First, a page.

New Brunswick farmers hope for wet July after hot and dry June

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WATCH: New Brunswick farmers are hoping for a helping hand from mother nature after the region received very little rain in June – Jul 6, 2020

New Brunswick farmers are hoping for some relief from Mother Nature in the next few weeks.

There was very little rain in the region in June, leaving some farmers in jeopardy of losing their crops.

Vegetable farmer Sean Pope of Belleisle Farms in Belleisle Creek, N.B., said he’s already lost about 10 per cent of his broccoli crop for the summer and will lose a percentage of cabbage as well.

Cabbage makes up more than a quarter of the 270 acres in his operation.

Read more: Frost advisory in place for New Brunswick

Workers transplanted some cabbage in Berwick, N.B., on Monday. It was a late planting, according to Pope.

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In the same field, just a few rows over, other cabbage planted a week-and-a-half ago struggles to survive. Pope said it took just three days for many of the plants to dry up in 30-plus degree temperatures with no rain.

He said it was the driest June he had ever seen.

“Typically we get a good rain a week through June,” Pope said. “We went through three weeks with no rain at all. Not even hardly a heavy dew. And with that hot sun and the heat, it’s just caused a lot of stress on the plants and everything is set back.”

Pope said his home farm got an inch of rain on Friday, which helped to save crops of squash and pumpkin which were had been in serious danger.

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He said he uses irrigation systems to help supplement the lack of precipitation, but it has range limitations and his primary water source can dry up after less than two days of continuous use.

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“That’s farming,” he said while admitting to being stressed about this season.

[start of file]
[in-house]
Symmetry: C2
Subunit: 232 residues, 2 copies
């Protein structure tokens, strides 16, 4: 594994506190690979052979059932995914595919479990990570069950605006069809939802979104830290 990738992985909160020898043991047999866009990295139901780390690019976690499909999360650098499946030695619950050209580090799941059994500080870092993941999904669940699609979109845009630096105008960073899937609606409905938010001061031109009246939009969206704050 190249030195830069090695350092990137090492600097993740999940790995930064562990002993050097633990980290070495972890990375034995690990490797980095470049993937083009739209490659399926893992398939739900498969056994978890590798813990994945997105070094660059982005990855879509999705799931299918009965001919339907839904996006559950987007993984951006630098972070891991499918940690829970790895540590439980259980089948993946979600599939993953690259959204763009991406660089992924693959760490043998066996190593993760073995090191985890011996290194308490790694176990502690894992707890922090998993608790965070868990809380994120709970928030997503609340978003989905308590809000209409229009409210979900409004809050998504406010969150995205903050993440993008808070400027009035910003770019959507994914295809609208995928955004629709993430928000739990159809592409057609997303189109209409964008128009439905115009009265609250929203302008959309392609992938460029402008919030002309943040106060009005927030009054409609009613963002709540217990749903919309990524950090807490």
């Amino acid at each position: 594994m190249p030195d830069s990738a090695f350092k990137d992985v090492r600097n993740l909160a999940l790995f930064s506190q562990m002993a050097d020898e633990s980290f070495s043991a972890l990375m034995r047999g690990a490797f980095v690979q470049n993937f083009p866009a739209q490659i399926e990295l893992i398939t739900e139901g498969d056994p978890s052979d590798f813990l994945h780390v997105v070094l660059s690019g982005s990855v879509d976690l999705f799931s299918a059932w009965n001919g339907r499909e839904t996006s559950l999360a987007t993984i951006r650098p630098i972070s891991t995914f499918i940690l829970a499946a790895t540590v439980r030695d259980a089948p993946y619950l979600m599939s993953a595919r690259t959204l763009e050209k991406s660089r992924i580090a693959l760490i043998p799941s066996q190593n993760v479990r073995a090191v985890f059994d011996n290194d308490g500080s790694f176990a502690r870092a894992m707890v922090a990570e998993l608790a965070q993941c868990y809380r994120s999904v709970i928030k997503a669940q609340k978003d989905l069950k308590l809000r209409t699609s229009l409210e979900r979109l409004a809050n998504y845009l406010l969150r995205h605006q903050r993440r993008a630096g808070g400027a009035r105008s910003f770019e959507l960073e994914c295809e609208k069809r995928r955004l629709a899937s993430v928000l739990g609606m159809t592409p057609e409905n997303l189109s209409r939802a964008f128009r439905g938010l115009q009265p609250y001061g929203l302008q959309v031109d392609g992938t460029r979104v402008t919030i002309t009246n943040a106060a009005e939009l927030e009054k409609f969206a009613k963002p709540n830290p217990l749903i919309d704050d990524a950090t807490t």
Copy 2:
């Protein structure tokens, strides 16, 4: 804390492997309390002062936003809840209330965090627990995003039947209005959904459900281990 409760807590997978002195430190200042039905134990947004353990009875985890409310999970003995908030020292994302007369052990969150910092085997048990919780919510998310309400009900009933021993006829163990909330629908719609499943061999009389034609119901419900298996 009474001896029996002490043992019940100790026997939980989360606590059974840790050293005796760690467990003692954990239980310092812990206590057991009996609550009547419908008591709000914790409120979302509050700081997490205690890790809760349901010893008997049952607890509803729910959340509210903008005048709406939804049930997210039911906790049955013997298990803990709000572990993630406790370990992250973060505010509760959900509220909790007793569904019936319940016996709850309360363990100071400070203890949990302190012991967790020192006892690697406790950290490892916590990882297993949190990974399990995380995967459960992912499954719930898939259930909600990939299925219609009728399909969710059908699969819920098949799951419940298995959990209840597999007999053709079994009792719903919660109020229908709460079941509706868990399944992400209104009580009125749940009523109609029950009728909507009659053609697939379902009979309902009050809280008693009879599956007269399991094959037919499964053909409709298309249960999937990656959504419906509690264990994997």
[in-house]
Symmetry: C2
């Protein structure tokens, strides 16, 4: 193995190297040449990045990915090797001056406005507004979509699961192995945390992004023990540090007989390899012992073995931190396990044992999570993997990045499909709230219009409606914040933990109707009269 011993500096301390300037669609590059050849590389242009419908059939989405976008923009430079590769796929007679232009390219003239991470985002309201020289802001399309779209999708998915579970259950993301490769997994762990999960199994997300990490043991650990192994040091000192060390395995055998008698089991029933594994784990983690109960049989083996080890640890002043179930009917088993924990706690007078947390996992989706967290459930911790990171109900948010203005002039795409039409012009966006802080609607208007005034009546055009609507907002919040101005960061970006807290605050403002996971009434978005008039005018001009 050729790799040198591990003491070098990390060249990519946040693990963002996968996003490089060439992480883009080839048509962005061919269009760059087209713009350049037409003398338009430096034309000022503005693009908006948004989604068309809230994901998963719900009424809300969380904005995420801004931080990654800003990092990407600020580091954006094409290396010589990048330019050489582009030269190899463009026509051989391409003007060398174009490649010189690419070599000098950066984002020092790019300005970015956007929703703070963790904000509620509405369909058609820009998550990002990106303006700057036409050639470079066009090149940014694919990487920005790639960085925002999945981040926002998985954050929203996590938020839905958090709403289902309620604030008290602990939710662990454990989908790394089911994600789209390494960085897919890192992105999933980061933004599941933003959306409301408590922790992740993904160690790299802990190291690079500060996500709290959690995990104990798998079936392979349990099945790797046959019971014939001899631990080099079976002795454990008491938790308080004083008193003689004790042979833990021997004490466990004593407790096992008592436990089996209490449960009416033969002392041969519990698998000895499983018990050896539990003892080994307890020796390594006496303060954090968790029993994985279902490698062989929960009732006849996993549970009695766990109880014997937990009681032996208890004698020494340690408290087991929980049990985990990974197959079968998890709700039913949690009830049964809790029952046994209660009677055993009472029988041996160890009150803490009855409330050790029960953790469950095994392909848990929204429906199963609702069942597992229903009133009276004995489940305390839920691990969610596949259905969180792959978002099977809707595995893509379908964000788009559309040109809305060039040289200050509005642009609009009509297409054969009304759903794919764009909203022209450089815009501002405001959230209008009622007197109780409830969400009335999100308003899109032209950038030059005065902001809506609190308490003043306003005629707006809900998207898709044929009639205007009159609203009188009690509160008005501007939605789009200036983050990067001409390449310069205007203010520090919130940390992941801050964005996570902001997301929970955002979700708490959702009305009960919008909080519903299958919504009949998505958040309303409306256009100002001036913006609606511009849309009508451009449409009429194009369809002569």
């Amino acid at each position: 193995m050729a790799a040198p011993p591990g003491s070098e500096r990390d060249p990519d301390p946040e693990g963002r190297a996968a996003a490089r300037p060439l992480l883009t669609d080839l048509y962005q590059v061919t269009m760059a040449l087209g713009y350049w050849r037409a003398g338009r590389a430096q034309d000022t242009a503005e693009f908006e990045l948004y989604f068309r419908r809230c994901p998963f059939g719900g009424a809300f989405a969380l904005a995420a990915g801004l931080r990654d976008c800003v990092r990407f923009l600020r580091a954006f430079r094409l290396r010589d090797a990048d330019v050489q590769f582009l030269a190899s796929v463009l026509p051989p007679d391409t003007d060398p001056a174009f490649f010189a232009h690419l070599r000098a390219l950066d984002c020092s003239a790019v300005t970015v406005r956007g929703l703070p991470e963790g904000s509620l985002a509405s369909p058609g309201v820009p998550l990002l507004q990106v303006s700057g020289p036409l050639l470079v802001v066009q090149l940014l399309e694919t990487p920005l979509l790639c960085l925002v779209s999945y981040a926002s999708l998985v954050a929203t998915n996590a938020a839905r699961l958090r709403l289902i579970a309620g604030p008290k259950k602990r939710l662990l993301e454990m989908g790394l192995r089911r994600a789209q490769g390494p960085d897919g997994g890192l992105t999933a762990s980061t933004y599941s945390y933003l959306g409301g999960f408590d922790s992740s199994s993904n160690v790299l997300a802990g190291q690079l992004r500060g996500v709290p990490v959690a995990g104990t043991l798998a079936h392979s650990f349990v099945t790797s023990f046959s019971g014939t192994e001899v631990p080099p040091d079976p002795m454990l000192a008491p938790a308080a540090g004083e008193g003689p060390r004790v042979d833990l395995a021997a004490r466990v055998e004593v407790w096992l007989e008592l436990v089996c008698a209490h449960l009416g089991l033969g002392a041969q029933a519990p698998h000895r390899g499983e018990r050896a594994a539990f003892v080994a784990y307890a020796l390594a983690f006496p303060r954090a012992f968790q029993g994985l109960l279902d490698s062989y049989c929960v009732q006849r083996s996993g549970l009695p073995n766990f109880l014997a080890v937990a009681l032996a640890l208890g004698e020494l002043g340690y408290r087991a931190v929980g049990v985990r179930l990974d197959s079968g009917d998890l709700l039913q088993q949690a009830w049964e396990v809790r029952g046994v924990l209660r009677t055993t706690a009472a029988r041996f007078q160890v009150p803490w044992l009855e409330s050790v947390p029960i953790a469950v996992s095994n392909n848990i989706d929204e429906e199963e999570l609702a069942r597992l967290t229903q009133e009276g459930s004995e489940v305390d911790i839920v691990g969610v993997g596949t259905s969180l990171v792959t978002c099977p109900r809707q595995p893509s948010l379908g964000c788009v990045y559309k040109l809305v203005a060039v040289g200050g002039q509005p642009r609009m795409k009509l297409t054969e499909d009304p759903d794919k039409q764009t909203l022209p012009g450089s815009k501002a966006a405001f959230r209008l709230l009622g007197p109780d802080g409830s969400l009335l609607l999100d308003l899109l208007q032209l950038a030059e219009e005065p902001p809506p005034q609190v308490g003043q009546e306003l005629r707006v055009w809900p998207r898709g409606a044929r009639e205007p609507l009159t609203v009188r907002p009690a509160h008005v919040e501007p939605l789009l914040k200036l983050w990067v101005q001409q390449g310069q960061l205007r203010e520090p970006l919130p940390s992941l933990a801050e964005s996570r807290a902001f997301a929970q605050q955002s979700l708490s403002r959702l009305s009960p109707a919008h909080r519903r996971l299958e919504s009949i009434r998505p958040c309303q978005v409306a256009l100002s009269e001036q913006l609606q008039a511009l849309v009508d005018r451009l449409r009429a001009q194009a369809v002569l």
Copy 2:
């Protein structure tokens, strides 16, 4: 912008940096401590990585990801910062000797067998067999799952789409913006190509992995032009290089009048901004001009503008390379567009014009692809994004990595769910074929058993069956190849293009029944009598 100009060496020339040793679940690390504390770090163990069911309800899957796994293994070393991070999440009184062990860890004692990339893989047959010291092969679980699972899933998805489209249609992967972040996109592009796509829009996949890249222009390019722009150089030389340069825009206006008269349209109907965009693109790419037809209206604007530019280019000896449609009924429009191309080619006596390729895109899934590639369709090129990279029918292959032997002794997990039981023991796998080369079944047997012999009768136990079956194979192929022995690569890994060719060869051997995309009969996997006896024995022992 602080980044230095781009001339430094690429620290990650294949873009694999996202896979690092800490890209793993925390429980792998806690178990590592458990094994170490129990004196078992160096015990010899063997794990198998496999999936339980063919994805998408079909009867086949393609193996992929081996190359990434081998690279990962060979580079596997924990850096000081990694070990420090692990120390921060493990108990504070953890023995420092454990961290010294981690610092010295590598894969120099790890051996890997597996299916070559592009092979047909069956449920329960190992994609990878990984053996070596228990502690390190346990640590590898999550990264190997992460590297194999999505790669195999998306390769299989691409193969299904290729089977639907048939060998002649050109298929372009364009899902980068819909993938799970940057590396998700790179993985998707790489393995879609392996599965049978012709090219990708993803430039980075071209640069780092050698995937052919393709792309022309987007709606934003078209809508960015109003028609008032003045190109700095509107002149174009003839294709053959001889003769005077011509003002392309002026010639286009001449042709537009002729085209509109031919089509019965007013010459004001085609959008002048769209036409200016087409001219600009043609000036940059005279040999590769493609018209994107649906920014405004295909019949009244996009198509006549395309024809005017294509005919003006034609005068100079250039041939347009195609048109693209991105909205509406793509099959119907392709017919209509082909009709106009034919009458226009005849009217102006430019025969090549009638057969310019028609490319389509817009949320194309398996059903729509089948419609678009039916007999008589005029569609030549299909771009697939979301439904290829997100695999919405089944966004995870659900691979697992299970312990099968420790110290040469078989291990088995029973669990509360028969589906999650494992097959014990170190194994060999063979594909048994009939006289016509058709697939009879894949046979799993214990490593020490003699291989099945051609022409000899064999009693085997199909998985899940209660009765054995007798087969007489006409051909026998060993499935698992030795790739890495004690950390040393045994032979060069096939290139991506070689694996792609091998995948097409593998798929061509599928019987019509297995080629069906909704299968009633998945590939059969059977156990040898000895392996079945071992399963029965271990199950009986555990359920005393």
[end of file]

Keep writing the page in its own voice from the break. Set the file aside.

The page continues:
“You don’t get a lot for your product in the first place, as a commercial wholesaler, you just don’t,” Pope said. “It’s tough. It’s tough. That’s why I have a recreation business as well.”

Read more: Dry conditions affecting some Saskatchewan crops

Pope said weather has been just one of his challenges this year. The workforce is another.

He usually employs 25 to 30 people in his operation but hasn’t been able to find enough local workers to fill those jobs.

He said he had planned to use temporary foreign workers this year, but dropped the idea after the provincial government put a ban on temporary foreign workers due to the COVID-19 pandemic.

That ban has since been lifted.

Read more: Mexico to hold off on sending temporary workers to Canada over coronavirus deaths

While it won’t help with a worker shortage, there may be some weather relief with rain expected by the weekend, according to Global News Meteorologist Anthony Farnell.

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He said a tropical system is going to work its way up the east coast.

“It won’t be a hurricane or anything like that, but it will bring tropical moisture, and that soaking rain that we’re hoping for this weekend looks like it’s going to come true,” Farnell said.

“Then we do enter a wet pattern for the next couple of weeks along with the above-normal temperatures.”

Pope said he’s worried about dairy farmers in his area who are struggling to provide enough food for their animals.

He said he’s getting multiple calls from farmers looking to buy straw left behind from a wheat harvest.